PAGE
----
As he recited the Jabberwocky by Lewis Carroll, I was entranced.  I had no idea what these nonsense words were supposed to mean but under his command, they came to life. I saw the wabe, with it’s slithy toves gimbling, and felt the outgrabe of the mome raths. I have no idea what the rest of the class thought as they faded into the background. I expect some of them continued to pass notes and poke the girls/boys they fancied with pencils as I lost myself in Mr Letters (well, Lewis Carroll’s) words. I once again entertained by secret dream of being a writer, of creating words like this for another teacher to bring to life. Curious now, with hindsight, that it didn’t make me want to be a teacher… Like Natalie, I guess  I must have known.

I thought of Mr Letters again years later, the first time I stepped on a stage and wielded my own words at a poetry open mic night and wondered whether I would be able to pull the audience in the way he did me. I still think of him now, especially when I hear any kind of nonsense poem. That day, Mr Letters’ homework for the class was simply to memorise the Jabberwocky ahead of the next lesson. I say ‘simply,’ because for me, he had already given the poem meaning so all I did was play a movie of each stanza in my head and I could easily recall the words. I’m lucky to have a pretty good visual memory, I know this method doesn’t work for everyone. I enjoyed this ‘easy’ assignment. I did, however, wonder at the point of the homework. Memorise a poem? For what purpose? Well, I will end with a short letter to Mr Letters, with apologies to Natalie for stealing her style…

Dear Mr Letters,

I get it now. The purpose was for us to give the words meaning, that we would remember them and understand both the power of words, and the importance of their delivery.

Thank you for sharing your passion, and igniting mine. I hope you continue to do the same for all the future writers who cross your path.

With respect,

How writing crept up on me (A guest post from Natalie Cherry)

This is a guest post from a talented young writer Natalie Cherry, who I recently discovered when she wrote a post over at SJB Teaching on the teacher stereotypes she would like to see less of. I enjoyed her laugh-out-loud descriptions of the PowerPoint addict (I know, they’re everywhere!) and the Shouter,  so I popped over to her blog to read some more of her work and was impressed with what I found. I got in touch and asked her is she would be interested in sharing her thoughts about writing so that you, too, could discover this young talent. I’ll let Natalie take it from here…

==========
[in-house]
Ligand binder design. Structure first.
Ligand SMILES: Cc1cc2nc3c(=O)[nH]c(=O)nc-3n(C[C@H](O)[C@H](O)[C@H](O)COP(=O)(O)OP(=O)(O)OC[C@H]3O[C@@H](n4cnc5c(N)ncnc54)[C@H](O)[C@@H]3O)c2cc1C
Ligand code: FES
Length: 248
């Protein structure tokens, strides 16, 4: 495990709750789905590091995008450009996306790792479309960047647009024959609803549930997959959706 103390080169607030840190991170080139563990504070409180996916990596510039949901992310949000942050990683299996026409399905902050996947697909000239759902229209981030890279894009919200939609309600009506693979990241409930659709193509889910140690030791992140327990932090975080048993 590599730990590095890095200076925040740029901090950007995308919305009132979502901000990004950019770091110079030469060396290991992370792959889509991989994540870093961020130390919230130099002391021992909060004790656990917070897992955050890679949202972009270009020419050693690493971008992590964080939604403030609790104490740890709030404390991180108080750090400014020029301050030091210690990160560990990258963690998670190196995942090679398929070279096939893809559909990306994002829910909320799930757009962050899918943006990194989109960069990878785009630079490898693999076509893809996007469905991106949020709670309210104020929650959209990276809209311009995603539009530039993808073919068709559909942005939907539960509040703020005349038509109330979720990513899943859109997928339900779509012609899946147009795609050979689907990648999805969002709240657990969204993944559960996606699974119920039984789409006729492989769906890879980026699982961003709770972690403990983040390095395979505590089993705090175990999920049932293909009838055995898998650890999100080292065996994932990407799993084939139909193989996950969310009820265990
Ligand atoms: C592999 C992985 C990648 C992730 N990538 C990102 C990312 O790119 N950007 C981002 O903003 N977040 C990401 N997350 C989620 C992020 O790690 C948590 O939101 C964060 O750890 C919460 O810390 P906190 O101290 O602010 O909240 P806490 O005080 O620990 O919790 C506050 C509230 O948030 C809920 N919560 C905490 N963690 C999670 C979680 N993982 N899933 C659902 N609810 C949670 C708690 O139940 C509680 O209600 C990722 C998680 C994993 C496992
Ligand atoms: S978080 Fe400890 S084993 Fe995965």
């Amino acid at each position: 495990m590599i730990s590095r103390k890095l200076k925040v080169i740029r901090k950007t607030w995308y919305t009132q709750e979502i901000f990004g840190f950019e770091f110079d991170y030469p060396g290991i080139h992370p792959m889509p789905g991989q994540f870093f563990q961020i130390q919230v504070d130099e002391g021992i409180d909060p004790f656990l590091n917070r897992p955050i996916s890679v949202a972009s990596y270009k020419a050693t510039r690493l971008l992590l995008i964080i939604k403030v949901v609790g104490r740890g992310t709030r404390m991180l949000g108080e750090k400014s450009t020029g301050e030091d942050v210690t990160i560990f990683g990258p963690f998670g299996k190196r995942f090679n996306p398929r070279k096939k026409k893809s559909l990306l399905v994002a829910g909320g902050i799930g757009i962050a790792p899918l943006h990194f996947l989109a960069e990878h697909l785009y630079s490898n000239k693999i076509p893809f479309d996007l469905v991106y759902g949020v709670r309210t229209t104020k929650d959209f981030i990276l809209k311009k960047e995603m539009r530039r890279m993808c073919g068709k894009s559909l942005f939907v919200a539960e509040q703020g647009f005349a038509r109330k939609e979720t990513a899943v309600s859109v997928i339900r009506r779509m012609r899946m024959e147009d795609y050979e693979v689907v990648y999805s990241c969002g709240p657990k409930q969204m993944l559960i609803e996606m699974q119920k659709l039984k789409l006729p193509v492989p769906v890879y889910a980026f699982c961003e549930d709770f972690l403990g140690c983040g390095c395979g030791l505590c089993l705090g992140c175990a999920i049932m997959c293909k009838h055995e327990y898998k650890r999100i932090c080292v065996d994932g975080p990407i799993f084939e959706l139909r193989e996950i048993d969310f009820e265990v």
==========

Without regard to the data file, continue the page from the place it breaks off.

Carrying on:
Natalie CherryIt started, unbeknownst to me, in Year Five. In my feverish nine-year-old brain I was convinced that my class teacher hated me. There was no proof, but I just knew it. I saw looks that weren’t really there and heard a distasteful tone of voice that seldom existed and for that whole year I spent day after day playing out a ridiculous battle in my head.

The funny thing is, it turns out that this teacher, my great villain, knew me better than I did. She saw what others didn’t see. She knew that I would write.

It’s strange really, because looking back now I can’t understand how I didn’t realise that’s what I wanted to do. I blundered about for so long, oblivious to all the signs quite plainly telling me that my life was centred around writing. Piles of books and magazines teetered on my bedside table from about eight years old, while reams and reams of list after list scaled the walls and filled up small scribbled notebooks. I wrote a daily diary (and continue to do so), documenting every day down to the most insignificant of details.

Natalie's diaries

Then came the stories – scenarios focused around that year’s crush that played out in my head, written down in the Disney-esque hope that they might spring off the pages and into reality. Needless to say, these have been thoroughly hidden.  I once started to write a film based on a Katy Perry song and I even used to bring writing into my everyday life, using letters to say sorry to my family after big arguments, leaving them outside the door like an overly emotional postman. I always loved English at school too, and every year I started a new project, story or series of books that led me along a long literary trail where anything was possible.

I’ve always read books, often older than my age group, naturally enjoying the way language moves across the page and into my life. My window of education on the world of the teenage girl world came from the Princess Diaries; my understanding of the opposite sex limited to Harry Potter. Most of all, though, I loved to tackle books that I had to really think about when reading – my beach read at fourteen was Barack Obama’s autobiography, and I picked up a battered copy of Little Women at around twelve. The big jump into reality happened when I started reading newspapers, however, and now I access the news obsessively in every available format. Oh, and don’t even get me started on the stacks of travel magazines that sit waiting, calling me to their glossy pages.

My childhood threw just about everything it could at me, and yet I still didn’t know writing was the path I would take until last year. Of course, my Year Five teacher did. Yes, after seven years of believing that she hated me, I have discovered the truth. My mother revealed recently that at parents evening my teacher had told her that she believed I had great talent in literacy and should consider becoming a writer someday. I was shocked. My mighty enemy, my grand opponent, my fictitious foe was really a friend? Excuse me while I look sheepish for a while.